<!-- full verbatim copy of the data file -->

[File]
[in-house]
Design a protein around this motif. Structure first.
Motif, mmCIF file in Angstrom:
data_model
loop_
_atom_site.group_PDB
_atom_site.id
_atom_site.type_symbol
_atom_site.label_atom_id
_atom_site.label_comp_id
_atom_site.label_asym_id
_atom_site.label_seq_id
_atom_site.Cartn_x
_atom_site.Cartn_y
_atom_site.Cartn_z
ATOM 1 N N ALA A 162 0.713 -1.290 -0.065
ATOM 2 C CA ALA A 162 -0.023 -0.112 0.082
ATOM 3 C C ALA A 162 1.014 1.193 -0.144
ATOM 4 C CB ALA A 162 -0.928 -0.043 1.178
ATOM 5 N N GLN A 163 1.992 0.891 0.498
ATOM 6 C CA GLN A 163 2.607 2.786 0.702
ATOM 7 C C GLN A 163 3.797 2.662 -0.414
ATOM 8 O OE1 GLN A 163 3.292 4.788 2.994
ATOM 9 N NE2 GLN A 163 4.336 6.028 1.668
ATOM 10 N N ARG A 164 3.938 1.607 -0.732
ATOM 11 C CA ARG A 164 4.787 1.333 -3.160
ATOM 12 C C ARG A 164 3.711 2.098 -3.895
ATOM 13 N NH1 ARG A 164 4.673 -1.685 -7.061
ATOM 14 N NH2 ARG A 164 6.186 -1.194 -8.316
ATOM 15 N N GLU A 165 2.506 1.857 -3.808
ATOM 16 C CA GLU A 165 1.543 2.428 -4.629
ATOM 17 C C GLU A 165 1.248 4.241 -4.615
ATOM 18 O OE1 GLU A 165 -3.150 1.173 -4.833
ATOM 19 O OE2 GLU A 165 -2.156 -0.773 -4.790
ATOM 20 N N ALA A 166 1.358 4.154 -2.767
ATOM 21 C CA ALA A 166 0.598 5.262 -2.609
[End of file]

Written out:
[in-house]
Design a protein around this motif. Structure first.
Motif, mmCIF file in Angstrom:
data_model
loop_
_atom_site.group_PDB
_atom_site.id
_atom_site.type_symbol
_atom_site.label_atom_id
_atom_site.label_comp_id
_atom_site.label_asym_id
_atom_site.label_seq_id
_atom_site.Cartn_x
_atom_site.Cartn_y
_atom_site.Cartn_z
ATOM 1 N N ALA A 162 0.713 -1.290 -0.065
ATOM 2 C CA ALA A 162 -0.023 -0.112 0.082
ATOM 3 C C ALA A 162 1.014 1.193 -0.144
ATOM 4 C CB ALA A 162 -0.928 -0.043 1.178
ATOM 5 N N GLN A 163 1.992 0.891 0.498
ATOM 6 C CA GLN A 163 2.607 2.786 0.702
ATOM 7 C C GLN A 163 3.797 2.662 -0.414
ATOM 8 O OE1 GLN A 163 3.292 4.788 2.994
ATOM 9 N NE2 GLN A 163 4.336 6.028 1.668
ATOM 10 N N ARG A 164 3.938 1.607 -0.732
ATOM 11 C CA ARG A 164 4.787 1.333 -3.160
ATOM 12 C C ARG A 164 3.711 2.098 -3.895
ATOM 13 N NH1 ARG A 164 4.673 -1.685 -7.061
ATOM 14 N NH2 ARG A 164 6.186 -1.194 -8.316
ATOM 15 N N GLU A 165 2.506 1.857 -3.808
ATOM 16 C CA GLU A 165 1.543 2.428 -4.629
ATOM 17 C C GLU A 165 1.248 4.241 -4.615
ATOM 18 O OE1 GLU A 165 -3.150 1.173 -4.833
ATOM 19 O OE2 GLU A 165 -2.156 -0.773 -4.790
ATOM 20 N N ALA A 166 1.358 4.154 -2.767
ATOM 21 C CA ALA A 166 0.598 5.262 -2.609